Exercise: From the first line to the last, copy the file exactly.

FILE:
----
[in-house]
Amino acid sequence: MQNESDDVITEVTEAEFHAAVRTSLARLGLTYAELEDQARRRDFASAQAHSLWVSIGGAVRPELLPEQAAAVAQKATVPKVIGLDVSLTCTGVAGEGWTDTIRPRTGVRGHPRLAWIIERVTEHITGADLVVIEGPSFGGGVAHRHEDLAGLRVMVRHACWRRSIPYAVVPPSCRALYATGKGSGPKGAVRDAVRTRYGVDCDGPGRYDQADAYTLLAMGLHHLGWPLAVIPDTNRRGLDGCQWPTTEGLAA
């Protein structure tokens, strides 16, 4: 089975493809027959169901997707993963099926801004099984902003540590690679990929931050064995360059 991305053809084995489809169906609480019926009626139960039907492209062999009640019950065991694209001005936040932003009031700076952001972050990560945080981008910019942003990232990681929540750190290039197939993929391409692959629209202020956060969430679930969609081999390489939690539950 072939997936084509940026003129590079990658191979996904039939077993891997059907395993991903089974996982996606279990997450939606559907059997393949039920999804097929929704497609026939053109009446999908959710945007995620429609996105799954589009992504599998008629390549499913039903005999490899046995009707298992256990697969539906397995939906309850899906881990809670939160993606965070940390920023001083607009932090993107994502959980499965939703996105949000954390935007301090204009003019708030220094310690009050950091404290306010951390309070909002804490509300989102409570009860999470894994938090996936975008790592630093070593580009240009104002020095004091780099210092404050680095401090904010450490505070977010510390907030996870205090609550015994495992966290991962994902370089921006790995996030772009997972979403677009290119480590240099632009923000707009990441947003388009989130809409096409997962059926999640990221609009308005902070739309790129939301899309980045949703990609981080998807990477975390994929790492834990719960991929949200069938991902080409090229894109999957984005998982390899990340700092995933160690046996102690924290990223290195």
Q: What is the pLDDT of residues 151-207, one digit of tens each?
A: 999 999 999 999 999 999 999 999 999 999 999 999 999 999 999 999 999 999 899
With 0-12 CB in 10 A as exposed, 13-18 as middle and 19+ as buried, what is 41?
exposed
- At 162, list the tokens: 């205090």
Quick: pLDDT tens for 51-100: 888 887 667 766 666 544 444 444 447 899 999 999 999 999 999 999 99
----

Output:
[in-house]
Amino acid sequence: MQNESDDVITEVTEAEFHAAVRTSLARLGLTYAELEDQARRRDFASAQAHSLWVSIGGAVRPELLPEQAAAVAQKATVPKVIGLDVSLTCTGVAGEGWTDTIRPRTGVRGHPRLAWIIERVTEHITGADLVVIEGPSFGGGVAHRHEDLAGLRVMVRHACWRRSIPYAVVPPSCRALYATGKGSGPKGAVRDAVRTRYGVDCDGPGRYDQADAYTLLAMGLHHLGWPLAVIPDTNRRGLDGCQWPTTEGLAA
């Protein structure tokens, strides 16, 4: 089975493809027959169901997707993963099926801004099984902003540590690679990929931050064995360059 991305053809084995489809169906609480019926009626139960039907492209062999009640019950065991694209001005936040932003009031700076952001972050990560945080981008910019942003990232990681929540750190290039197939993929391409692959629209202020956060969430679930969609081999390489939690539950 072939997936084509940026003129590079990658191979996904039939077993891997059907395993991903089974996982996606279990997450939606559907059997393949039920999804097929929704497609026939053109009446999908959710945007995620429609996105799954589009992504599998008629390549499913039903005999490899046995009707298992256990697969539906397995939906309850899906881990809670939160993606965070940390920023001083607009932090993107994502959980499965939703996105949000954390935007301090204009003019708030220094310690009050950091404290306010951390309070909002804490509300989102409570009860999470894994938090996936975008790592630093070593580009240009104002020095004091780099210092404050680095401090904010450490505070977010510390907030996870205090609550015994495992966290991962994902370089921006790995996030772009997972979403677009290119480590240099632009923000707009990441947003388009989130809409096409997962059926999640990221609009308005902070739309790129939301899309980045949703990609981080998807990477975390994929790492834990719960991929949200069938991902080409090229894109999957984005998982390899990340700092995933160690046996102690924290990223290195």
Q: What is the pLDDT of residues 151-207, one digit of tens each?
A: 999 999 999 999 999 999 999 999 999 999 999 999 999 999 999 999 999 999 899
With 0-12 CB in 10 A as exposed, 13-18 as middle and 19+ as buried, what is 41?
exposed
- At 162, list the tokens: 């205090």
Quick: pLDDT tens for 51-100: 888 887 667 766 666 544 444 444 447 899 999 999 999 999 999 999 99